7) Teaching how to do their own payroll, employee superannuation obligations and records


 


 


 


8) Teaching how to set up a SMSF and general info on what is involved and what investment options are allowed


 


 


 


9) Providing a service in evaluating financial plans (statements of advice) from financial planners. Purpose to check for the accuracy of calculations, suitability to the client's goals, debt to equity mix, risk attitude, manageability/achievability, suitability and safety of the type of investment recommended, and tax implications, without recommending any specific alternative investment


 


 


 


10) Business financial distress advice: eg if it comes to it, explaining or laying out the steps toward voluntary bankruptcy or what happens if creditors are seeking to bankrupt them; explaining their options in either case, what assets they can keep, what they can dispose of (can that be specifically advised), time frame management, debt consolidation negotiation, and how to obtain a liquidator's service plus what that involves


 

Customer:

The Aussie lawyers were stumped; in fact, I suspect they didn't even read it. Heck, one of them has a Bachelor of Economics plus a Dip Ed

Customer:

Please switch to thread-discussion mode after you post

NPVAdvisor :

Got it ... I will switch right away ... but very quickly, you should look a designation (global in it's reach, called CFA, Chartered Financial Analyst) ... many MBA & Masters of Science in Finance programs have a track that satisfies the educational requirements and gets one ready to sit for the three sequential exams ... If you'll look at the CBOK (Candidate body of knowledge) you'll that it covers every single issue you've mentioned here, with the possible exception of the legal piece ..... see this: http://www.cfainstitute.org/programs/cfaprogram/courseofstudy/Pages/cbok.aspx ... switching now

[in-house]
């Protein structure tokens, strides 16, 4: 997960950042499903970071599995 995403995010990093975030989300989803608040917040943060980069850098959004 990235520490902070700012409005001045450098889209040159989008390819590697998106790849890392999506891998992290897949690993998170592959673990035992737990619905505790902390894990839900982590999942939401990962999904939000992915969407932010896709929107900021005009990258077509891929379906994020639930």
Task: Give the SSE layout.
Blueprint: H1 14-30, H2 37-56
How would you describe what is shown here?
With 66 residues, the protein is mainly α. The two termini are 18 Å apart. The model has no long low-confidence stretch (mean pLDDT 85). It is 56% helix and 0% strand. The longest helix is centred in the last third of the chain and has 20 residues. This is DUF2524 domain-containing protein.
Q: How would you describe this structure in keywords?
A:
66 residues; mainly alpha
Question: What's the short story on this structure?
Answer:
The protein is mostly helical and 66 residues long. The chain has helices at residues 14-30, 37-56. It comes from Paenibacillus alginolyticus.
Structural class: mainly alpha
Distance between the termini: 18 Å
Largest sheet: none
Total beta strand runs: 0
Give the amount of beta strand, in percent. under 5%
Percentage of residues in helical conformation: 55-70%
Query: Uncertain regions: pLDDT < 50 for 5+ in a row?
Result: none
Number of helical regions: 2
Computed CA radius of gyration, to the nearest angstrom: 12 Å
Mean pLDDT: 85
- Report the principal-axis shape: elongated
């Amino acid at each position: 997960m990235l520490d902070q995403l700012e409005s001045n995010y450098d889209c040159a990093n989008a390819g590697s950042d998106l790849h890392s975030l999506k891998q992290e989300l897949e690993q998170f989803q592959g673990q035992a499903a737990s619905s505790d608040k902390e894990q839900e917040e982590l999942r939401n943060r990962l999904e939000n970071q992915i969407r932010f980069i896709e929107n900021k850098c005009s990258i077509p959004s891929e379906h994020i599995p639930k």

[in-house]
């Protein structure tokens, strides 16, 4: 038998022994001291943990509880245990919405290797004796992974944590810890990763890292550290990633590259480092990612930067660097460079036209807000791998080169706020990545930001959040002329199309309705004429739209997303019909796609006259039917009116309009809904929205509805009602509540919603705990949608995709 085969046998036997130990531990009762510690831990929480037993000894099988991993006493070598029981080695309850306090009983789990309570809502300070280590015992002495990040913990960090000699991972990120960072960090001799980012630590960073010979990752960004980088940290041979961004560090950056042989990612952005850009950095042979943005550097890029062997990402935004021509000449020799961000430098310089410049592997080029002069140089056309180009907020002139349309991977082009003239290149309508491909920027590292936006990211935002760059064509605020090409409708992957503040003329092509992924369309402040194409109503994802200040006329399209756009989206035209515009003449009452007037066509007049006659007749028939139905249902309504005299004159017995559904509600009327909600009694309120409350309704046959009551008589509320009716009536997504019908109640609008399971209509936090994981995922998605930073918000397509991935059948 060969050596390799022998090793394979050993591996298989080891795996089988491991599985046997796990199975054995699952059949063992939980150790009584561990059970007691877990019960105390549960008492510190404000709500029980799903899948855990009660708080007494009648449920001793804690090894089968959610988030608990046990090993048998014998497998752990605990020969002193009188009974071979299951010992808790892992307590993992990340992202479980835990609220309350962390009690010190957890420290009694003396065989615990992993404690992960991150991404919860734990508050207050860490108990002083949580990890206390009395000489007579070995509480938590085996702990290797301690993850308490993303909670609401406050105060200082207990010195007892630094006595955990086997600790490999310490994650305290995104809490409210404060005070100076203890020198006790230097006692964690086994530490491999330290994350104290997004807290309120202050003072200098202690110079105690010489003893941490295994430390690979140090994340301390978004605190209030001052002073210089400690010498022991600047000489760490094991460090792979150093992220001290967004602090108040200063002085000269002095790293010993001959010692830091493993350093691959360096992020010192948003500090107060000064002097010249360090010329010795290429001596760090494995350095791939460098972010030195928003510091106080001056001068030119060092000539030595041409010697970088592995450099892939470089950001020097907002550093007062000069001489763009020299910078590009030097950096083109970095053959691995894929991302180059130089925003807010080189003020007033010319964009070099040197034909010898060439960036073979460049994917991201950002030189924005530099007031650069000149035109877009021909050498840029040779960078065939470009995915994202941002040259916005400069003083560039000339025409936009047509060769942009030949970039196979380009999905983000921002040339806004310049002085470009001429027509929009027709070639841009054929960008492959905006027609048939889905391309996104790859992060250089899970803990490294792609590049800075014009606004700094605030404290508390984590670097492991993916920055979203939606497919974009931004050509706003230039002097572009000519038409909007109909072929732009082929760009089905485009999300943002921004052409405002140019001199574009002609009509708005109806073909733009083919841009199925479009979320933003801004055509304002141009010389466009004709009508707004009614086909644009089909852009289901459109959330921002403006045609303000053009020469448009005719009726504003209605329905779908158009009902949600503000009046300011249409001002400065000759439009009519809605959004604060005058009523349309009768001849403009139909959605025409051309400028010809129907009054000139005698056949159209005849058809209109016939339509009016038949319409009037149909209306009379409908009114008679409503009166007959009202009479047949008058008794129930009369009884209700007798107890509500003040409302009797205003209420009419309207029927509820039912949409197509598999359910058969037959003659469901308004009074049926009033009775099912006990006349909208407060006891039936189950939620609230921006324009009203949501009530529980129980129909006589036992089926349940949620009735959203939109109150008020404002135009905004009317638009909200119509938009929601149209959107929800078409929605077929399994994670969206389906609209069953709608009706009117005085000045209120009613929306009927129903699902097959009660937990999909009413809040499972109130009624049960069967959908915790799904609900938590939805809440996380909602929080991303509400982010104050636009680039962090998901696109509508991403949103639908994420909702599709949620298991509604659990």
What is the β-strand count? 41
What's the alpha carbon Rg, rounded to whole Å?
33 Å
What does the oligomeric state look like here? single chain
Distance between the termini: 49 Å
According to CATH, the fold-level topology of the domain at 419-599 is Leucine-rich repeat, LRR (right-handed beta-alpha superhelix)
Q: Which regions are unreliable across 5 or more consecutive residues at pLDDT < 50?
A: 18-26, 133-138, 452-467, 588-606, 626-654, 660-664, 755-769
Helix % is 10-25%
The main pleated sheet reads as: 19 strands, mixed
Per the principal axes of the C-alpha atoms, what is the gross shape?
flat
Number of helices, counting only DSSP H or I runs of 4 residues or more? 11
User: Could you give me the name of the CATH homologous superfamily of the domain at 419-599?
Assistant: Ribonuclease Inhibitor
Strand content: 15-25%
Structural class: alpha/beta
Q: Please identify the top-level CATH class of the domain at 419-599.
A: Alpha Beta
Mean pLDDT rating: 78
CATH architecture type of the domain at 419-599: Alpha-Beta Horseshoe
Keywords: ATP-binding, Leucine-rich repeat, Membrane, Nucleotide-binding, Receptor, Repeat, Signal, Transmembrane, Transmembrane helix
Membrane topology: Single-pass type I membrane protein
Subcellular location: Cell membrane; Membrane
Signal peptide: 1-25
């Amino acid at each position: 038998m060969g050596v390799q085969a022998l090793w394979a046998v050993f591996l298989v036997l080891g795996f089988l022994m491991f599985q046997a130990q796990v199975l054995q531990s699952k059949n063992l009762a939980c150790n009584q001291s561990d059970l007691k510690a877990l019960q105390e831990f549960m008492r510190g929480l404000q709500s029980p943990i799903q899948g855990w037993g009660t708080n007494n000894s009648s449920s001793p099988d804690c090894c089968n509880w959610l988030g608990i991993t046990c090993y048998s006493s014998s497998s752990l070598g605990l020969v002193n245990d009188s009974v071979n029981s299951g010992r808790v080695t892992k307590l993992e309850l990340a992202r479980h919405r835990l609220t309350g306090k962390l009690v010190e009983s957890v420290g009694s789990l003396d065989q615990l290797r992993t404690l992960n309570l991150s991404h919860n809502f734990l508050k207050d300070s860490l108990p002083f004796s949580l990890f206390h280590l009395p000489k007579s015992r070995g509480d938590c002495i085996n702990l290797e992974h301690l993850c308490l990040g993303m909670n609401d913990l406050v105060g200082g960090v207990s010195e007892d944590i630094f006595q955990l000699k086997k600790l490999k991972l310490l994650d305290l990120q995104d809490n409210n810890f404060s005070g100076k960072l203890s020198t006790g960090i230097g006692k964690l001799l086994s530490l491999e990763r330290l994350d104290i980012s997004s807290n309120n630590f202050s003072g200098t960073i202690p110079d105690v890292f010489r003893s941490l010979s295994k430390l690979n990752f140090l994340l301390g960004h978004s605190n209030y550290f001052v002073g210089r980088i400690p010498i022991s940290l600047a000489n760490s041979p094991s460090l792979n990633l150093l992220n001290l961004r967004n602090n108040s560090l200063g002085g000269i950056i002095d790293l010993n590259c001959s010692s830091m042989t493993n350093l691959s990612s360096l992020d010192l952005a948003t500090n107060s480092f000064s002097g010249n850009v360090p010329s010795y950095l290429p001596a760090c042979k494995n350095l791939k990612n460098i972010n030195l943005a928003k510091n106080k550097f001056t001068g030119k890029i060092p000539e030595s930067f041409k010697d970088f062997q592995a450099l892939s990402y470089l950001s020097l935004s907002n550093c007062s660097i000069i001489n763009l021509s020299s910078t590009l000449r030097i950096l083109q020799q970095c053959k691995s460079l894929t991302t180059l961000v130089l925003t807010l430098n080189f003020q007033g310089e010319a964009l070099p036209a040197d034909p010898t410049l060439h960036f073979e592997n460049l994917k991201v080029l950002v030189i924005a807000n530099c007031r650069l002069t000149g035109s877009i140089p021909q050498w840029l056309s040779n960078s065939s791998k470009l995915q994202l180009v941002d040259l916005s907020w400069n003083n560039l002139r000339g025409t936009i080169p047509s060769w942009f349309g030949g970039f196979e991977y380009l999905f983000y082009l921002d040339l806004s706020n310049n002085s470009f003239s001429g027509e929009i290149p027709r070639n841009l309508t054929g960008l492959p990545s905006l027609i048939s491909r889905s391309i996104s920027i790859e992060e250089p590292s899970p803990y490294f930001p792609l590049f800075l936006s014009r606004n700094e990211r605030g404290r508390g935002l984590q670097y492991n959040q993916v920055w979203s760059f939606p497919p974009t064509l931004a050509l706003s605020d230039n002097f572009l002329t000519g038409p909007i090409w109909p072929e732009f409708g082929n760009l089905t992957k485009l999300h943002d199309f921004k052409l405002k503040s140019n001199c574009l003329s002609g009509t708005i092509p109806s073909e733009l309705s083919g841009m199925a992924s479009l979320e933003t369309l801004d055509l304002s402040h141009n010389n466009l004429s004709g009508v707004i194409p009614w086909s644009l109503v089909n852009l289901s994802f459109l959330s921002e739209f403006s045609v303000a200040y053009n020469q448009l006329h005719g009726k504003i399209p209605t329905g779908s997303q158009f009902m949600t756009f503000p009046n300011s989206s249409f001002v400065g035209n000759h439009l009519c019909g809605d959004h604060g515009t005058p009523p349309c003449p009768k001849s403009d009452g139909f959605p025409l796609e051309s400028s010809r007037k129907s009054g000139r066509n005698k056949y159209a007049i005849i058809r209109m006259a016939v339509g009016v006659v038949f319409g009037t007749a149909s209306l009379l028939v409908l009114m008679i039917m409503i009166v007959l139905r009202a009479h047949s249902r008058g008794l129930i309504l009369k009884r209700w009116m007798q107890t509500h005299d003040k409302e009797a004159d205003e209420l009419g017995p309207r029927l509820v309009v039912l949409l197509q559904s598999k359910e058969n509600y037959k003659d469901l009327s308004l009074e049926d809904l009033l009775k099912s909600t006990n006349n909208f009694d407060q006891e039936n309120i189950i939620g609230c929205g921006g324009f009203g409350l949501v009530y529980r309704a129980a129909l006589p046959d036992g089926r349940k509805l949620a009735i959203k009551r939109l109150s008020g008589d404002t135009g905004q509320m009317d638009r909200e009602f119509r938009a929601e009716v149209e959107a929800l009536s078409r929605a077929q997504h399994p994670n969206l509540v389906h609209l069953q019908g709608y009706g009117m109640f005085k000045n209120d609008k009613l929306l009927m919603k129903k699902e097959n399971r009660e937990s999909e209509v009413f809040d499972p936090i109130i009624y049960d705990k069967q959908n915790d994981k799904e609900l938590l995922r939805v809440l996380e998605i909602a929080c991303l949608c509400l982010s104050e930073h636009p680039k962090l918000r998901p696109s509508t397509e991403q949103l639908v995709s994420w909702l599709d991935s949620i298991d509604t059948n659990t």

Customer:

My screen says you're 'disconnected'. No pressure here on my part

Lane, JD, CFP, MBA, CRPS
Category: Finance
Satisfied Customers: 4186
Experience: Providing Financial, Tax & Business advice since 1986
Lane and other Finance Specialists are ready to help you
Expert:  Lane replied 1 year ago.
Our chat has ended, but you can still continue to ask me questions here until you are satisfied with your answer. Come back to this page to view our conversation and any other new information.

What happens now?

If you haven’t already done so, please rate your answer above. Or, you can reply to me using the box below.
Expert:  Lane replied 1 year ago.
Hi,

First thought,